Dish’s Sling TV promises to “take back TV” for $20 a month through live programming from your computer screen. But when it comes to catering to increasingly important Hispanic viewers, Sling TV is forming a strategy to make sure its advertising targeting capabilities and programming are finely tuned.
We spoke with Jose Romero, general manager of Sling Latino, about how the platform will be tailoring its content and ad capabilities to Latino viewers, and the launch of CUBAMAX TV, its curated channel for Cuban American audiences. It is the first American channel of its kind to offer content filmed and produced on the island.
Introducing Addressable Capabilities to Ad Inventory
While Romero asserts that at the moment, Sling does not have its own ad sales force for selling to Hispanic audiences, he says that the company expects “to introduce addressable capabilities to Sling TV ad inventory in the coming months, enabling us to reach individual Hispanic subscribers across a variety of networks.”
The company has admitted that this type of targeting is key to the platform’s business model, as they are more valuable than broadcast ads. And since ads are not exactly popular with viewers, especially on paid content, these targeting capabilities should help the company get closer to its goal: more relevancy, less advertisement.
SlingTV admits that targeting is key to the platform’s business model.
Sling Launches CUBAMAX TV
One of Sling TV’s latest announcements in the realm of Hispanic targeting is the launch of the CUBAMAX TV channel, which, in Romero’s words, will “create a cultural exchange that will both provide a window into life on the island and connect Cuban-Americans with content from their home country.”
60 percent of CUBAMAX TV’s content is generated by Cuba’s state agency RTV Commercial, while the other content consists of documentaries created by young, independent filmmakers. The channel has acquired the rights to 200 Cuban movies and will be showing two movies and as many as three telenovelas per day. Programming on CUBAMAX TV such as “Sonando en Cuba” and “Vivir del Cuento” will showcase the unique perspective of the people of the island.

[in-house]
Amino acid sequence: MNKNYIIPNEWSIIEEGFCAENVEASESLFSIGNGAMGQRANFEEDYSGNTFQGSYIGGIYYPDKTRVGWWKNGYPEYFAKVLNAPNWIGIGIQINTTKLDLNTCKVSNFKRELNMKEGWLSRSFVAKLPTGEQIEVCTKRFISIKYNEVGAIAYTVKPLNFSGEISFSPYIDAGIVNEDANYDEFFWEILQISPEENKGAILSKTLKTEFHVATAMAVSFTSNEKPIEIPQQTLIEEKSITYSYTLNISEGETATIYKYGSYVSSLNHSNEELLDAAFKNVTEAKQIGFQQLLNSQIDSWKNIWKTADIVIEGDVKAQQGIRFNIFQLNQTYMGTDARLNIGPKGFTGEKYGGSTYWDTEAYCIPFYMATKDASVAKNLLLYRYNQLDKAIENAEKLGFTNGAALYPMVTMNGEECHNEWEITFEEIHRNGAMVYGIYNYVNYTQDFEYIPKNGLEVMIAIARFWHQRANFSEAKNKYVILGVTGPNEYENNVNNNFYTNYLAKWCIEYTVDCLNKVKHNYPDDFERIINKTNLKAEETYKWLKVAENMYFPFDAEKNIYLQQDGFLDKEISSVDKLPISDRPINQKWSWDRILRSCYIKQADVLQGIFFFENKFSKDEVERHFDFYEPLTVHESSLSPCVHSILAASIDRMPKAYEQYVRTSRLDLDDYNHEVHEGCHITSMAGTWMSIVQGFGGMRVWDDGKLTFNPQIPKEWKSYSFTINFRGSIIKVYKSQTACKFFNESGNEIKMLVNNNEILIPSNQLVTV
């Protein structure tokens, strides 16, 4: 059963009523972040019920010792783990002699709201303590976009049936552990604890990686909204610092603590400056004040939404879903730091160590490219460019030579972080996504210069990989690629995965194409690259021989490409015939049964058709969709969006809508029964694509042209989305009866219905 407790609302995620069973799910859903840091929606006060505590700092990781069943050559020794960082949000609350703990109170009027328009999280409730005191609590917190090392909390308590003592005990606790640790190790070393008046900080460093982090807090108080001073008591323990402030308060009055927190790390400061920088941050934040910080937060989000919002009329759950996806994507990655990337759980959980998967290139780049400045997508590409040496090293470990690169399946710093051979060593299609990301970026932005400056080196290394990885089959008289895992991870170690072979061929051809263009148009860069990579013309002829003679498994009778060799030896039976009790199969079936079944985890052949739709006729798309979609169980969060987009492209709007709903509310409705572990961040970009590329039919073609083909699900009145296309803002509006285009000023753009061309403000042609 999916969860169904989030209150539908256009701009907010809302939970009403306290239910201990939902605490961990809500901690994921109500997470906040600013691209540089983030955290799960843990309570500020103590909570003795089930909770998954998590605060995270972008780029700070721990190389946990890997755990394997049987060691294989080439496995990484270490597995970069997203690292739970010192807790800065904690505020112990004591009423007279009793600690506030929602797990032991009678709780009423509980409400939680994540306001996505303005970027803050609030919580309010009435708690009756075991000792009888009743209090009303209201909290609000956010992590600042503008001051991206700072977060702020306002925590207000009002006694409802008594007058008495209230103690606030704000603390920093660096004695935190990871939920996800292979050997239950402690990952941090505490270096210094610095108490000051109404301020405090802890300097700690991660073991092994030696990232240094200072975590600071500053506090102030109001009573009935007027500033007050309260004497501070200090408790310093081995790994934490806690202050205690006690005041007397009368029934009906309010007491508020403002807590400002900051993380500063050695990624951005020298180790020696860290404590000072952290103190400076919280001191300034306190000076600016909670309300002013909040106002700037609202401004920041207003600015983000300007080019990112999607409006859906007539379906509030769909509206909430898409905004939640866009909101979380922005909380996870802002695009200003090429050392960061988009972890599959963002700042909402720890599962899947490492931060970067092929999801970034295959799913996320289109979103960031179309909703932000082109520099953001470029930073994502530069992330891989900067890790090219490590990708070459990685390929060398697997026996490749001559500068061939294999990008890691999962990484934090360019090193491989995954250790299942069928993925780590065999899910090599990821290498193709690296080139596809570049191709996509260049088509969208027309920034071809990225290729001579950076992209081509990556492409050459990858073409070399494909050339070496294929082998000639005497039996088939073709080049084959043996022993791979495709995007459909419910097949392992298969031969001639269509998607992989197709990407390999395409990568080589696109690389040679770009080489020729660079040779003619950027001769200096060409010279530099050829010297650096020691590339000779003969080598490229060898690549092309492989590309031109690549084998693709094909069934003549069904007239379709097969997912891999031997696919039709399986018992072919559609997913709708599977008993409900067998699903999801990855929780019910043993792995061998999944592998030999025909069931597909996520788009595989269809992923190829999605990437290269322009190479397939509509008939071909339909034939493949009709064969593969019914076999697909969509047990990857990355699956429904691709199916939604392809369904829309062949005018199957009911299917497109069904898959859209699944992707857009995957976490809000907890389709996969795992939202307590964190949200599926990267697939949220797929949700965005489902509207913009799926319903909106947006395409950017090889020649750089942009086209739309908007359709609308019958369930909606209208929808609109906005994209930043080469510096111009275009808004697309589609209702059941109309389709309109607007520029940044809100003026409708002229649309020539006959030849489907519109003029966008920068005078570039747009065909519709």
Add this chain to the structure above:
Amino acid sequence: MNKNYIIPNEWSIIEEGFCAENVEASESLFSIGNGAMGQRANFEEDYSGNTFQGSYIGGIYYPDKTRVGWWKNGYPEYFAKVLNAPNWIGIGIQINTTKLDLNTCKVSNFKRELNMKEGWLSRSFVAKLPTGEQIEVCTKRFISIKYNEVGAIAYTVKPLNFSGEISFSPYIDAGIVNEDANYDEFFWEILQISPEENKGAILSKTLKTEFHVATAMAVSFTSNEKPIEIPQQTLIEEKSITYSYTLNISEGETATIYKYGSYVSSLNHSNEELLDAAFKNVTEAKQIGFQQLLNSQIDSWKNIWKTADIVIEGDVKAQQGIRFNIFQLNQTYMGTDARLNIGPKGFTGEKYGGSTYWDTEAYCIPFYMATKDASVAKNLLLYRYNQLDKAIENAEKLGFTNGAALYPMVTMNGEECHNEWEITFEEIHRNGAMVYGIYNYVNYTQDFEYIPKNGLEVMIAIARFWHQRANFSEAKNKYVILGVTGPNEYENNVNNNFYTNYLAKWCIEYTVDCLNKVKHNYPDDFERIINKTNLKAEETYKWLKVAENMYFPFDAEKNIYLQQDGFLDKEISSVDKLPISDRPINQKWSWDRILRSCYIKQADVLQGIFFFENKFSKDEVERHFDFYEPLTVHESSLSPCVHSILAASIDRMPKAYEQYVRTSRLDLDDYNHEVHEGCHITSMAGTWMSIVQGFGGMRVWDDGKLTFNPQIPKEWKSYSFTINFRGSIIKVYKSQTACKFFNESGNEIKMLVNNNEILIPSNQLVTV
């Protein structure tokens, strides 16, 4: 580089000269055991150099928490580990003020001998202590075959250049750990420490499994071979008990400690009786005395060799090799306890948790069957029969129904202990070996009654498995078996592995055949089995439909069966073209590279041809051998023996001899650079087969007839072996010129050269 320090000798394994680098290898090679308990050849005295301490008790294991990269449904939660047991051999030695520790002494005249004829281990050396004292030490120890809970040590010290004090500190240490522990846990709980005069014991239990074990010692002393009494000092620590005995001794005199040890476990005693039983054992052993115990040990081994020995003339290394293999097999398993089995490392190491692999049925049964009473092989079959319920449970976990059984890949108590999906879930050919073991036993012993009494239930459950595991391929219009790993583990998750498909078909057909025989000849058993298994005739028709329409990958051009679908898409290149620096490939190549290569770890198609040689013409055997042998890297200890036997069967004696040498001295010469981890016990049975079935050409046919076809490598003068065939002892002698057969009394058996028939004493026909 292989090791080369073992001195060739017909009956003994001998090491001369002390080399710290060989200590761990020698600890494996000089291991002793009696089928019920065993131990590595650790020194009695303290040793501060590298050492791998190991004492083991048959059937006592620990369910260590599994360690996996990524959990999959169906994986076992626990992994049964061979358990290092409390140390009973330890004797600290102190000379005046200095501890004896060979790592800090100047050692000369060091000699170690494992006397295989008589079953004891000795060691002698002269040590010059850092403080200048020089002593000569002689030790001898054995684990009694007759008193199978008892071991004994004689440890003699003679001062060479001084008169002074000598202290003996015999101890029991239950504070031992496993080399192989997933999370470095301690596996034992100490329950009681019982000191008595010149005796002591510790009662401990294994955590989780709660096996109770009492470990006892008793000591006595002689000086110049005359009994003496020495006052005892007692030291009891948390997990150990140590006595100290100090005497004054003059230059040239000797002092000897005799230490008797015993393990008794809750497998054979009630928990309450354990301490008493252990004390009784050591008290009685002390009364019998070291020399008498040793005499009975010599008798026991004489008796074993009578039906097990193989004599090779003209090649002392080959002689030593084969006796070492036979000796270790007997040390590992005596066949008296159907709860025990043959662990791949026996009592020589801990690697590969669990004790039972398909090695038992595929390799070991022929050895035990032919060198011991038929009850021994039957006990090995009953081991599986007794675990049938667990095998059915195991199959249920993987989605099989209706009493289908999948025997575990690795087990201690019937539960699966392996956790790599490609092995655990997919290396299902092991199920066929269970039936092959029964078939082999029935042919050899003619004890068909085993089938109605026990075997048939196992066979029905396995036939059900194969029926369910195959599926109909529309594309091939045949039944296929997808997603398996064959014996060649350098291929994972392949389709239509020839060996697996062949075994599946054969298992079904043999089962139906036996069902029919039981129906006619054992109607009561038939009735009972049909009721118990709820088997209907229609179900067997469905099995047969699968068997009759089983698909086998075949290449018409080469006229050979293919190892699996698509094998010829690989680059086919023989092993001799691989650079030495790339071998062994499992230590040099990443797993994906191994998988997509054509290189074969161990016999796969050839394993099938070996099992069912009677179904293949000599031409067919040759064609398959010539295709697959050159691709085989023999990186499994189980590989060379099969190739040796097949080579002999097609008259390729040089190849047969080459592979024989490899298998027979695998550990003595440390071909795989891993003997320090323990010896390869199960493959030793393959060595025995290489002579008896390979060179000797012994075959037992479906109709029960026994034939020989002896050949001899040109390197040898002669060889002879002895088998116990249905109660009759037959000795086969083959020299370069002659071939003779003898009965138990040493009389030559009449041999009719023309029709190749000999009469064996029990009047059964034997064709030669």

The relationship between the United States and Cuba has evolved greatly since President Obama fully restored American diplomatic relations with Havana in December 2014. And the effect of this announcement was as cultural as it was political, encouraging a deeper connection between the countries, who have always been tied by the significant Cuban-American population in states like Florida.
Commenting on the effect of these developments on Sling’s decision to develop content for Cuban-American audiences, Romero says: “Since President Obama’s announcement in late 2014, we, like many companies, have been exploring a greater level of cultural engagement between the U.S. and Cuba.”
He continues to explain that the channel provides an outlet for Cuban voices and talent that had been somewhat stifled due to the previously tense diplomatic relations. “We think normalization has created a tremendous opportunity that is yielding benefits, in this case for our customers, for the Cuban population living in the U.S., and for the entertainers whose work is aired on CUBAMAX TV.”
And while this shift has already undoubtedly created many opportunities for American tourism on the island, channels like CUBAMAX TV will hopefully shed light on the magic of Cuban culture for those that cannot travel there themselves. “While not everyone gets the opportunity to visit the island, our customers can now turn on our TV and get a feel for the culture and entertainment the Cuban people have worked to cultivate,” Romero adds.
Programming for Hispanics: Not So One-Dimensional
Sling Latino has gotten one thing right already: developing programming for Hispanic audiences is no easy task, as those that fall into the ‘Hispanic’ category are by no means uniform in language preferences or taste. For that reason, Romero says that Sling has developed a variety of programming packages: “Sling offers a suite of standalone and add-on Spanish-language programming packages tailored to English-dominant, bilingual and Spanish-dominant U.S. households.”
Best of Spanish TV packages are priced at $5 more per month when combined with either Sling Orange (single-stream) or Sling Blue (multi-stream) services. They are $10 when purchased as standalone packages.
What’s more, the platform is taking regional variations into account: “We recently announced that Sling Latino is the first to launch regionally focused programming packs, beginning with CARIBE, which includes content from Cuba, Puerto Rico, and coming soon, the Dominican Republic.”
And they’re not stopping there. Romero adds: “We plan to add new regional packs in the coming months, and look forward to delivering the regional content that our customers crave in a way that allows for flexibility, mobility and personalization in their entertainment.”